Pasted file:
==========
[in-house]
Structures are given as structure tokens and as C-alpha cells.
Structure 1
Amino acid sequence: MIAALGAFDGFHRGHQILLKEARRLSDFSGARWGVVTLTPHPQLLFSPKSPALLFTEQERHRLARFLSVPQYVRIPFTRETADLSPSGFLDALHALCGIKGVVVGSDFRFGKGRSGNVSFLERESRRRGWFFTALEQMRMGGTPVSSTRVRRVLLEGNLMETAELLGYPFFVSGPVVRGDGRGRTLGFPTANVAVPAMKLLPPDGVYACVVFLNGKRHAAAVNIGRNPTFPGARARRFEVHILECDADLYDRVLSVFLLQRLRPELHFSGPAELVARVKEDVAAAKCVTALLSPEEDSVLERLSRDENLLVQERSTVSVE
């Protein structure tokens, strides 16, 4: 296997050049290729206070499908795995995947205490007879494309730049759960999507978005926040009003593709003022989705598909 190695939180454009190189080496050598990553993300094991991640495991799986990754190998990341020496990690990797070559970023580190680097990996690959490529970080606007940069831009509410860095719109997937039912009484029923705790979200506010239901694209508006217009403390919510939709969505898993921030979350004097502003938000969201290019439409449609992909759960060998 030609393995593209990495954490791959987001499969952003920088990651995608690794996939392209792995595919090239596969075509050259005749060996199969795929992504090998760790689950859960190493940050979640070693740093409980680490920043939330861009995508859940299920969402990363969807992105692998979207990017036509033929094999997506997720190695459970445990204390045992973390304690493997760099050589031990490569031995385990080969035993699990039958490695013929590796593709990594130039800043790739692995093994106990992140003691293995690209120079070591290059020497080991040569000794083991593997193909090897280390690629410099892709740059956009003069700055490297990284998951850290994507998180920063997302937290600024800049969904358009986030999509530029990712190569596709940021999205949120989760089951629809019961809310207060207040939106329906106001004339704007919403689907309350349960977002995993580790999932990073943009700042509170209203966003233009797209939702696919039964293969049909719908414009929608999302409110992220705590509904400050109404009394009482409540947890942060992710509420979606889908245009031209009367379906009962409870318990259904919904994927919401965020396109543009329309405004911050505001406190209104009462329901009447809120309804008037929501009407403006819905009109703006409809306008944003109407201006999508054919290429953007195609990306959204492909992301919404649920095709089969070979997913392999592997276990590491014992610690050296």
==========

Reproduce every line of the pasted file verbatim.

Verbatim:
[in-house]
Structures are given as structure tokens and as C-alpha cells.
Structure 1
Amino acid sequence: MIAALGAFDGFHRGHQILLKEARRLSDFSGARWGVVTLTPHPQLLFSPKSPALLFTEQERHRLARFLSVPQYVRIPFTRETADLSPSGFLDALHALCGIKGVVVGSDFRFGKGRSGNVSFLERESRRRGWFFTALEQMRMGGTPVSSTRVRRVLLEGNLMETAELLGYPFFVSGPVVRGDGRGRTLGFPTANVAVPAMKLLPPDGVYACVVFLNGKRHAAAVNIGRNPTFPGARARRFEVHILECDADLYDRVLSVFLLQRLRPELHFSGPAELVARVKEDVAAAKCVTALLSPEEDSVLERLSRDENLLVQERSTVSVE
């Protein structure tokens, strides 16, 4: 296997050049290729206070499908795995995947205490007879494309730049759960999507978005926040009003593709003022989705598909 190695939180454009190189080496050598990553993300094991991640495991799986990754190998990341020496990690990797070559970023580190680097990996690959490529970080606007940069831009509410860095719109997937039912009484029923705790979200506010239901694209508006217009403390919510939709969505898993921030979350004097502003938000969201290019439409449609992909759960060998 030609393995593209990495954490791959987001499969952003920088990651995608690794996939392209792995595919090239596969075509050259005749060996199969795929992504090998760790689950859960190493940050979640070693740093409980680490920043939330861009995508859940299920969402990363969807992105692998979207990017036509033929094999997506997720190695459970445990204390045992973390304690493997760099050589031990490569031995385990080969035993699990039958490695013929590796593709990594130039800043790739692995093994106990992140003691293995690209120079070591290059020497080991040569000794083991593997193909090897280390690629410099892709740059956009003069700055490297990284998951850290994507998180920063997302937290600024800049969904358009986030999509530029990712190569596709940021999205949120989760089951629809019961809310207060207040939106329906106001004339704007919403689907309350349960977002995993580790999932990073943009700042509170209203966003233009797209939702696919039964293969049909719908414009929608999302409110992220705590509904400050109404009394009482409540947890942060992710509420979606889908245009031209009367379906009962409870318990259904919904994927919401965020396109543009329309405004911050505001406190209104009462329901009447809120309804008037929501009407403006819905009109703006409809306008944003109407201006999508054919290429953007195609990306959204492909992301919404649920095709089969070979997913392999592997276990590491014992610690050296």